The present invention is also directed to processes for preparing hexamethylenediamine from a carbohydrate source by: (a) converting a carbohydrate source to a furfural substrate; (b) reacting at least a portion of the furfural substrate with hydrogen in the presence of a heterogeneous reduction catalyst comprising Pt to a reaction product comprising 1,2,6-hexanetriol; (c) reacting at least a portion of the 1,2,6-hexanetriol with hydrogen in the presence of the heterogeneous reduction catalyst comprising Pt to produce 1,6-hexanediol; and (d) converting at least a portion of the 1,6-hexanediol to hexamethylenediamine, wherein steps b) and c) are conducted in a single reactor. The present invention is also directed to processes for preparing 1,6-hexanediol from a carbohydrate source by: (a) converting a carbohydrate source to a furfural substrate; (b) reacting at least a portion of the furfural substrate with hydrogen in the presence of a heterogeneous reduction catalyst comprising Pt to a reaction product comprising 1,2,6-hexanetriol; and (c) reacting at least a portion of the 1,2,6-hexanetriol with hydrogen in the presence of the heterogeneous reduction catalyst comprising Pt to produce 1,6-hexanediol, wherein steps b) and c) are conducted in a single reactor. In some embodiments, the heterogeneous reduction catalyst further comprises W. In other embodiments, steps (b) and (c) are carried out at a temperature in the range of about 60° C. and about 200° C. and a pressure of hydrogen in the range of about 200 psig to about 2000 psig. In other embodiments, the Pt containing catalysts of steps b) and c) are different and the temperatures and pressures at which steps b) and c) are conducted are substantially the same. In other embodiments, the temperatures and pressures at which steps b) and c) are conducted are different. In other embodiments, step b) is conducted at a temperature in the range of about 100° C. to about 140° C. and a pressure in the range of about 200 psig to about 1000 psig and step c) is conducted at a temperature in the range of about 120° C. to about 180° C. and a pressure in the range of about 200 psig to about 2000 psig. In other embodiments, the yield of 1,6-hexanediol from the furfural substrate is at least about 40%. In other embodiments, the yield of 1,6-hexanediol from the furfural substrate is at least about 50%. In other embodiments, the yield of 1,6-hexanediol from the furfural substrate is at least about 60%. In other embodiments, the carbohydrate source is glucose, fructose, or a mixture comprising glucose and fructose. In other embodiments, steps (b) and (c) are carried out in one reaction zone. In other embodiments, the catalyst comprises Pt and W supported on zirconia. The present invention is also directed to hexamethylenediamine produced by the processes of any of the above embodiments. The present invention is also directed to 1,6-hexanediol prepared by the process of any of the above embodiments.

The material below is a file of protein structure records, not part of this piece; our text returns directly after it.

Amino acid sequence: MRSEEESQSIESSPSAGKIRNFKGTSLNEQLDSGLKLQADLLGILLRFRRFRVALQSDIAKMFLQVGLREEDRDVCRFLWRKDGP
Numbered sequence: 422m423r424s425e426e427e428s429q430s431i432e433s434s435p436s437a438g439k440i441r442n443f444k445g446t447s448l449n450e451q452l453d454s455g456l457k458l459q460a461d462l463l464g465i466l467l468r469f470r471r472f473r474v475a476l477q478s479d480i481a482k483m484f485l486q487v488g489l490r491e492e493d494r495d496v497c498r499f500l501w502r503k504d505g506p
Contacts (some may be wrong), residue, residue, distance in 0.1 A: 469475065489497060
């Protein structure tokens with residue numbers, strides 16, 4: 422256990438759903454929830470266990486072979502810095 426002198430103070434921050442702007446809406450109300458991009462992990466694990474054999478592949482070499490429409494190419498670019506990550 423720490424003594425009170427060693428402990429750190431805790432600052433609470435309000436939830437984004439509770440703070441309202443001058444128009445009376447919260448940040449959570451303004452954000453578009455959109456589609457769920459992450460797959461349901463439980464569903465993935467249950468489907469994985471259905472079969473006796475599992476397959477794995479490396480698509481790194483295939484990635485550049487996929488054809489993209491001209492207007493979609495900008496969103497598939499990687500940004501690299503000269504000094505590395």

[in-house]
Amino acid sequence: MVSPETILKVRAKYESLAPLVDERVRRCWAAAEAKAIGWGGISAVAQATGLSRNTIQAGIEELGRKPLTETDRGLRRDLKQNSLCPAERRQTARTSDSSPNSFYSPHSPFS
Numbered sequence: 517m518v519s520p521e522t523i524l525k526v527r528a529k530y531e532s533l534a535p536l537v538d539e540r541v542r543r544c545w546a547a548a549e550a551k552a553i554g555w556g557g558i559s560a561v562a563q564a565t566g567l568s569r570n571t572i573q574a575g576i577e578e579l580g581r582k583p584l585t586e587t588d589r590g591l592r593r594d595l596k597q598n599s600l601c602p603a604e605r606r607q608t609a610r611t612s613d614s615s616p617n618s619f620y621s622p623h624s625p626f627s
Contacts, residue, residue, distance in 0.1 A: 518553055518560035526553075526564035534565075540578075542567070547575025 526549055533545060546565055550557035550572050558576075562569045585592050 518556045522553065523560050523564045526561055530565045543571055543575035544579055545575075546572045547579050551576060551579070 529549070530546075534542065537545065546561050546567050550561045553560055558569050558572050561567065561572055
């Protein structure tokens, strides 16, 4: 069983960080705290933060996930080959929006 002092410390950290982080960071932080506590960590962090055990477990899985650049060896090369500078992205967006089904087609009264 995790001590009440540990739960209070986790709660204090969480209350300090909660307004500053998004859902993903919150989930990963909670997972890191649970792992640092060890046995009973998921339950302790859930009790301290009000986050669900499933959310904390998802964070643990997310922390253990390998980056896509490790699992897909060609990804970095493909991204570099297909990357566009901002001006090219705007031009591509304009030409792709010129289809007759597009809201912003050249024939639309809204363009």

The present invention is also directed to processes for preparing a compound of formula II